Thursday, September 20, 2007
1)Hi I am looking and i have found somebody who says he knows that man. I will let you know as soon as I can contact him.
2)I have established that the guy Richard Juma belongs to a group of people that live far of from this area. By tomorrow afternoon i will give you a good report.
Hope is alive an well in all of us! Caito and Ema are doing fine. Their trip west from Nairobi was not easy though! It was supposed to be 6 hours but it took almost 18. The roads were very very bad. They said that they have met so many nice people along the way.
Sunday, September 16, 2007
When Ema was about ten years old, angry and hungry, he stowed away on a bus going to Dar es Salaam. When he got caught, a kind woman paid his fare. He told her he had relatives in the city which he didn’t. He lived on the street for years in several different shelters. Once he made it home to Moshi where he found his mother “waiting for him”. She told him that she wanted to see him before she died and she died shortly after. He went back to Dar es Salaam. In 2003 he started school in Bagamoyo. He passed the national examinations to start secondary school in 2005, but the shelter where he was living could not afford to send him. At that time The Baobab Home took him, along with the guys who had become brothers to him, as part of our family.
Last December when we sent Ema back to Moshi for the holiday we encouraged him to get all the information he could about his family. He was told his father’s name ( Richard Juma Wasweta)and the names of his brothers(Unyango and Samson).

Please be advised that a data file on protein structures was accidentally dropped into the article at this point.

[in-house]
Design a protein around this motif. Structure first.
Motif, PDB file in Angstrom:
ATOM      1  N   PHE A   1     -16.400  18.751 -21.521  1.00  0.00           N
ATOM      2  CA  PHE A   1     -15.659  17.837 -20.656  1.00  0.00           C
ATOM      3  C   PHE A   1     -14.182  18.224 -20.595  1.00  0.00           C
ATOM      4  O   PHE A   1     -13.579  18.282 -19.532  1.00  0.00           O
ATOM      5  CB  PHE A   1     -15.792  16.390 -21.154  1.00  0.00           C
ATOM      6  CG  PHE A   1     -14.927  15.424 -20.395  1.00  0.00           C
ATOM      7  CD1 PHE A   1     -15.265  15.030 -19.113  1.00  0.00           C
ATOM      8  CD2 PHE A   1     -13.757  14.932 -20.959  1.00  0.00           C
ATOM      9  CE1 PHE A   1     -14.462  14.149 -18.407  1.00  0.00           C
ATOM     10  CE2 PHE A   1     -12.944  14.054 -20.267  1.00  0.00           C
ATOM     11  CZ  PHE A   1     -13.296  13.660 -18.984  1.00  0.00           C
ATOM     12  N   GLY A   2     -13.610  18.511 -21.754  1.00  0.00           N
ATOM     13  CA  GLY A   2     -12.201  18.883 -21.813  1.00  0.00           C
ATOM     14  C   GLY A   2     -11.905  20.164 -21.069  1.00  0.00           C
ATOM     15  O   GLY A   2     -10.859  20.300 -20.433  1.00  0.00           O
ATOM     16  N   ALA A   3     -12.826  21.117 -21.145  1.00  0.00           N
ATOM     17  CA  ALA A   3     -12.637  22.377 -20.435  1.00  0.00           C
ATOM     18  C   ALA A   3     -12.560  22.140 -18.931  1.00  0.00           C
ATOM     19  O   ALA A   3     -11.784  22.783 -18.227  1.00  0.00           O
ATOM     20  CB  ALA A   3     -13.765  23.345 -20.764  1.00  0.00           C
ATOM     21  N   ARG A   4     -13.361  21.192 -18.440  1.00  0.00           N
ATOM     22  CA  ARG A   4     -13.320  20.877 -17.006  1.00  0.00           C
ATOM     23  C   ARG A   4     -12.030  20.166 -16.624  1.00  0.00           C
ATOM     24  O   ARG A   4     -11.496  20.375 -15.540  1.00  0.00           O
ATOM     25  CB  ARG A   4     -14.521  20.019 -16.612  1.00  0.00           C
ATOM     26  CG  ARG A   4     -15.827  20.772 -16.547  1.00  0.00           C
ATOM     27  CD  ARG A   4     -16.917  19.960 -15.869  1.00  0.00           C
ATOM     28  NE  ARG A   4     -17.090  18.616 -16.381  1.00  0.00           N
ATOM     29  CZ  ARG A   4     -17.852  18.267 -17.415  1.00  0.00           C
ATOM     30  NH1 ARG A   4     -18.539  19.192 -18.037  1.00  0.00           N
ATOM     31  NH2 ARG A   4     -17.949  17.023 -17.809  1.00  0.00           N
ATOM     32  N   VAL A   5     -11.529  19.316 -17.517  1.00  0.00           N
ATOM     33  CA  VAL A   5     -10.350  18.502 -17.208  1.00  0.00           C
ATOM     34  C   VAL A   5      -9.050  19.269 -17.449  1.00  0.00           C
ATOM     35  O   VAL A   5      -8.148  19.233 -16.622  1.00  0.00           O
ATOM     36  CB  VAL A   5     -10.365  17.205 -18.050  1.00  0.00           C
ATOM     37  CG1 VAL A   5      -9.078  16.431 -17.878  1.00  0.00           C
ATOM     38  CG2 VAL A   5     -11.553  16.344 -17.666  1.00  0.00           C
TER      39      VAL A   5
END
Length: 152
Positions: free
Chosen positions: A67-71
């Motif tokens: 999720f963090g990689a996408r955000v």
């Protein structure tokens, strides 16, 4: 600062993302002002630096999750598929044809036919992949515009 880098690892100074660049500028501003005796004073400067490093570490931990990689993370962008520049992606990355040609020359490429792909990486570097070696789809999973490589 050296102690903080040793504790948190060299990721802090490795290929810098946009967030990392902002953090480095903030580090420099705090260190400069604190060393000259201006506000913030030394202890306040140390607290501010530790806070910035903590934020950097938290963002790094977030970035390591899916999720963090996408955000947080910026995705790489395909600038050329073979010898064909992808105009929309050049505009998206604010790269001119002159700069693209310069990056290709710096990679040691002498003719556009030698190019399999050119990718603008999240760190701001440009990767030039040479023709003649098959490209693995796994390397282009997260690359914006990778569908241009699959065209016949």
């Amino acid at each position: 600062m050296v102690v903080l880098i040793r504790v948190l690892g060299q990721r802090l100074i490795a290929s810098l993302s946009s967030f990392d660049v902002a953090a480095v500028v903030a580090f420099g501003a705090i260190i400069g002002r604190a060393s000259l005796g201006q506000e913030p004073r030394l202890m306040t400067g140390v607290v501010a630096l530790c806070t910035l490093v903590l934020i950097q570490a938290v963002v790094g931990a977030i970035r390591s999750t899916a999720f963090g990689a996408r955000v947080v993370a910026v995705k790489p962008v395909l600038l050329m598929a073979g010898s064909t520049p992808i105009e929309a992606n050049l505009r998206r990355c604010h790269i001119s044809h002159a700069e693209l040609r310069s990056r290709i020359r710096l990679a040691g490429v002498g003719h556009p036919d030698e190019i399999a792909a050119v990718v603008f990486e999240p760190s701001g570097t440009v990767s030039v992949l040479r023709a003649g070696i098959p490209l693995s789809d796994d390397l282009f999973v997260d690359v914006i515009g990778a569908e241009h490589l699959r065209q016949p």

Caito and Ema left yesterday for Kenya by bus to begin the search for Ema's father and brothers. They didn't have many facts other than names. They know that Ema’s father fought for Tanzania during the war with Uganda during the Idi Amin years. Caito called this morning from Nairobi to say that they already determined what tribe Ema belongs to based on the name Wasweta. The tribe is from the town Buseto just outside of Busia on the border of Uganda. They were told that the tribe is well organized and even has a registry. Finding them at all will take luck, but getting the tribal connection is half the battle. All three alive after 18 years in the wake of HIV/AIDS and massive flooding is a lot to hope for, but we are all hopeful anyway.
We are so grateful to Jill and Alan Townsend of the U.K. and Shane Hofeldt and his coworkers in Maine, USA. Together they are paying for bus fare, food, printing costs for flyers and notice cards, hotel costs and any “tips” to people who help along the way. Thank you for making this possible!!
Sunday, September 02, 2007
Mama Mwajuma is a single mother who lives close to the Baobab Home with her 9 and 5 year old daughters Mwajuma and Aisha and her 3 year old son, Abdul. Most people who visit BH remember Abdul because he carries a lot of worry on his young face. Last weekend Mama Mwajuma gave birth to Naima. She was only about 5 pounds, but is doing well. She had an 11th finger removed, but she will remain with all twelve of her twinkling toes.
Mama Mwajuma is HIV+ has been on Antiretroviral Therapy for some time so we are hopeful that Naima was not infected.
Dee and Al Hahn Rollins donated the money for Naima’s first few months of formula so Naima will not be breastfed at all, improving her chances of staying HIV free. We are hoping for another donation of about $160 so that Naima can get at least 6 months of formula. If she is doing well we will graduate her to porridge and milk at that time.
**Mama Mwajuma gave us permission to disclose her HIV status.
Summer is always a busy time for us. The boys are home for 5 weeks and we tend to have a lot of volunteers and visitors.
This summer Marjolijn joined us for her second visit to us and brought her friend Hilde (both from the
Charlotte and Claire of the
The money that the volunteers raised in their home countries before arriving has helped us a great deal. Marjolijn and Hilde’s funds went to help a boy get an operation.
Ans Groener also visited this summer from the
With so many visitors, volunteers, and the guys home from school it seemed a good time to get everyone together for a day. We took a dhow to an island off the coast of